Households receiving a part of their income from the government, through working age benefits or the state pension, see their incomes uprated each year. These were uprated by 10.1% in April 2023 as this was the CPI inflation rate last September, which is the usual reference month used to determine annual uprating. In April 2022, they increased by only 3.1% as that was the inflation rate the previous September.
Alongside the EPG and previous government measures, the one-off Cost of Living Payments 2023/24 are offering more targeted measures to support the most vulnerable. This approach risks leaving some gaps and cliff-edges in support: the means-tested £900 government support is fully available to those entitled to it but anyone just above the threshold receives nothing.
Which households are worst affected by the cost of living crisis?
Some households face a higher effective inflation rate because they spend a higher share of their income on energy and food, the prices of which are increasing fastest. On average, poorer households spend more of their income on these essentials. Based on November ONS price data, the Resolution Foundation estimates that the inflation rate for the poorest 10% of households is 12.5%, in contrast, it's 9.6% for the richest 10%. 51 Resolution Foundation, Cost-of-living gap between rich and poor hits fresh high, as effective inflation rate for low-income households hits 12.5 per cent, 16 November 2022, www.resolutionfoundation.org/press-releases/cost-of-living-gap-between-rich-and-poor-hits-fresh-high-as-effective-inflation-rate-for-low-income-house… Furthermore, richer households who see big increases in the cost of the goods and services they buy may be able to adapt more easily, for example by reducing how much they save each month or changing spending on non-essentials.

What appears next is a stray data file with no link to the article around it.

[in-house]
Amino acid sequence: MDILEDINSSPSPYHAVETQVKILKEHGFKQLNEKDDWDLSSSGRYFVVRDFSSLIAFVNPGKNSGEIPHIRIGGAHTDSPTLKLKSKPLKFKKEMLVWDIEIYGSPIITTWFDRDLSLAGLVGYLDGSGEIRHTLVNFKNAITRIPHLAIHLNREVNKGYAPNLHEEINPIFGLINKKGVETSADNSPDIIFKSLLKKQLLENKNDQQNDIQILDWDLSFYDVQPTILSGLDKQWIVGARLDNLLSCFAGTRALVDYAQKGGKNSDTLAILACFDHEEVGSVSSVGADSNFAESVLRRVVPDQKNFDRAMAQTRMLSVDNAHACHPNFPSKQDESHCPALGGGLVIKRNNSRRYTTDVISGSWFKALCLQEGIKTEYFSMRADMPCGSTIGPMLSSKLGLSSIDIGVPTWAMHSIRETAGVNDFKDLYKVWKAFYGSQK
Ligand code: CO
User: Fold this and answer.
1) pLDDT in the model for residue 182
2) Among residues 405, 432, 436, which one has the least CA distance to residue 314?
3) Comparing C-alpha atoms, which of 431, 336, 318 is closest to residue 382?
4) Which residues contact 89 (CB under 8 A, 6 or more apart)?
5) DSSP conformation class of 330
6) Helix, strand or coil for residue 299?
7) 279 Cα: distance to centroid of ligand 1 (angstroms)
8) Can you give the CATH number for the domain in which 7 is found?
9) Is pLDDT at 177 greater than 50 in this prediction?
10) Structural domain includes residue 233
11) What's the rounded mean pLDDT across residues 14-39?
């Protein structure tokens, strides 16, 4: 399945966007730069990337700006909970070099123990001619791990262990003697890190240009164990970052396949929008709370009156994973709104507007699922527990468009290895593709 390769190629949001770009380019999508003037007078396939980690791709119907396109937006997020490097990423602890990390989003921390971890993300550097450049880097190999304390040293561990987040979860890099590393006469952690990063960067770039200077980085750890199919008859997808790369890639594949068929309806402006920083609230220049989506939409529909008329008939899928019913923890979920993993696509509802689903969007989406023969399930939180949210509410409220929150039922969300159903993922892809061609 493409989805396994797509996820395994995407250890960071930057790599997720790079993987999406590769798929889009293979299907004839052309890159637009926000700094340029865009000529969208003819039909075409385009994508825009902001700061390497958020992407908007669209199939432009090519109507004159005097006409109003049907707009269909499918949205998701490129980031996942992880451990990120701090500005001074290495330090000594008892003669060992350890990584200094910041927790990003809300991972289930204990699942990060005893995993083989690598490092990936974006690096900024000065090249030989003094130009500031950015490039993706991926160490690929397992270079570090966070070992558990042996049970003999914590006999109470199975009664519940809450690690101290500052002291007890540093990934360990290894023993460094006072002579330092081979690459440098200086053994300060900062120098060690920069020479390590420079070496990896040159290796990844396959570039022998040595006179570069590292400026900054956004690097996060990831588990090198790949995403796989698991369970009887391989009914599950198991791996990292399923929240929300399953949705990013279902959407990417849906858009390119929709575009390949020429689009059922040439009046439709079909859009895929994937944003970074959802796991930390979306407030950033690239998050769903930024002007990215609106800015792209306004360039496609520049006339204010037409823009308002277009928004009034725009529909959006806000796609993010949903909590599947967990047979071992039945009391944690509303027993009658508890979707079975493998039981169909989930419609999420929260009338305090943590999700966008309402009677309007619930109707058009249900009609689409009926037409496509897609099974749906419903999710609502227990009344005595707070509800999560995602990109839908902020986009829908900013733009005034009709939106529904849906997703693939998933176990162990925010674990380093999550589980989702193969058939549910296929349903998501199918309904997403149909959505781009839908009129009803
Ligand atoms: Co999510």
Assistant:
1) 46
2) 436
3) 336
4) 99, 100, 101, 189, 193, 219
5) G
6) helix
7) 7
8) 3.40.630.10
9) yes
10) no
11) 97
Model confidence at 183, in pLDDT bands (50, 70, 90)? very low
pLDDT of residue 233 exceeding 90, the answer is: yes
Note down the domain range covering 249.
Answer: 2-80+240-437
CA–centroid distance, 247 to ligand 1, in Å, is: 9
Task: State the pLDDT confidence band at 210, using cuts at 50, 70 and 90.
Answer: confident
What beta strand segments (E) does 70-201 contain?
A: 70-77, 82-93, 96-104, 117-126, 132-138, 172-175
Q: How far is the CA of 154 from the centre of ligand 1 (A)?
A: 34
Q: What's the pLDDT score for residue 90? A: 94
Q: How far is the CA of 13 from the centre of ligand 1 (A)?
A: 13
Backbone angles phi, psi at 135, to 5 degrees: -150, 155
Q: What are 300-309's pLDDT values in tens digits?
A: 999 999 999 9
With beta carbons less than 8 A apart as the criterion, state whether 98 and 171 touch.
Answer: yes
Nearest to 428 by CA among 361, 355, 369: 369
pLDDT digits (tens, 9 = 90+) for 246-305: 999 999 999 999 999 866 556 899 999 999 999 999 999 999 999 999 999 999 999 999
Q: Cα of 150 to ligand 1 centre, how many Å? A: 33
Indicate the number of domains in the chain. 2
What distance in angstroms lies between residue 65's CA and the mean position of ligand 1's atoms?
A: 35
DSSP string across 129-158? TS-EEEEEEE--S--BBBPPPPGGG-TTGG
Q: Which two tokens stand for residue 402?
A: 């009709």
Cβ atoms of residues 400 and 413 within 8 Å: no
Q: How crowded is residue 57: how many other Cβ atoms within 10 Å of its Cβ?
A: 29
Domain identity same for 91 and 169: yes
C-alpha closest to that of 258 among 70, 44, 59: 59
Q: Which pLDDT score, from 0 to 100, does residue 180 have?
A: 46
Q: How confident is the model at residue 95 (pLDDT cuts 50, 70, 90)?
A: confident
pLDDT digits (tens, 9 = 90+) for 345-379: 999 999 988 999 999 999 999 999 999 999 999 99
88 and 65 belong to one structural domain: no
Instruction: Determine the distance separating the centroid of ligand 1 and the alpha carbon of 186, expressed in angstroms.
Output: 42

The government is providing additional support to those on lower incomes through direct payments but the expected decline in real household incomes means poor households will continue to face hardships. For example, the Joseph Roundtree Foundation has reported that 75% of the bottom 20% of low-income households in the UK (4.3 million) have gone without essentials. 52 Earwalker E, ‘Going under and without: JRF’s cost of living tracker, winter 2022/23’, Joseph Rowntree Foundation, 14 December 2022, retrieved 29 March 2023, www.jrf.org.uk/report/going-under-and-without-jrfs-cost-living-tracker-winter-202223
Overall, the worst-affected households are those on low incomes with higher-than-average energy bills (for example if they have a large family). While these households have received additional payments from government, these are not sufficient to match the increase in energy and other costs. The energy price guarantee provides a big benefit to this group, but on average they are still worse affected by the crisis.
How long is the cost of living crisis expected to last?
By 2024, living costs should be increasing by less than household incomes as inflation rates fall. But prices will remain high: inflation measures the change in prices over a 12-month period, and falling inflation only means prices are rising less quickly, not that they are falling.
Based on the latest forecasts, it will take a long time for household incomes to recover to their previous level in real terms. RHDI per person, a measure of living standards will not return to its 2021/22 level until 2027/28. And in that year living standards will still be below pre-pandemic levels in real terms, meaning that the effects of the cost of living crisis are likely to be felt for a long time.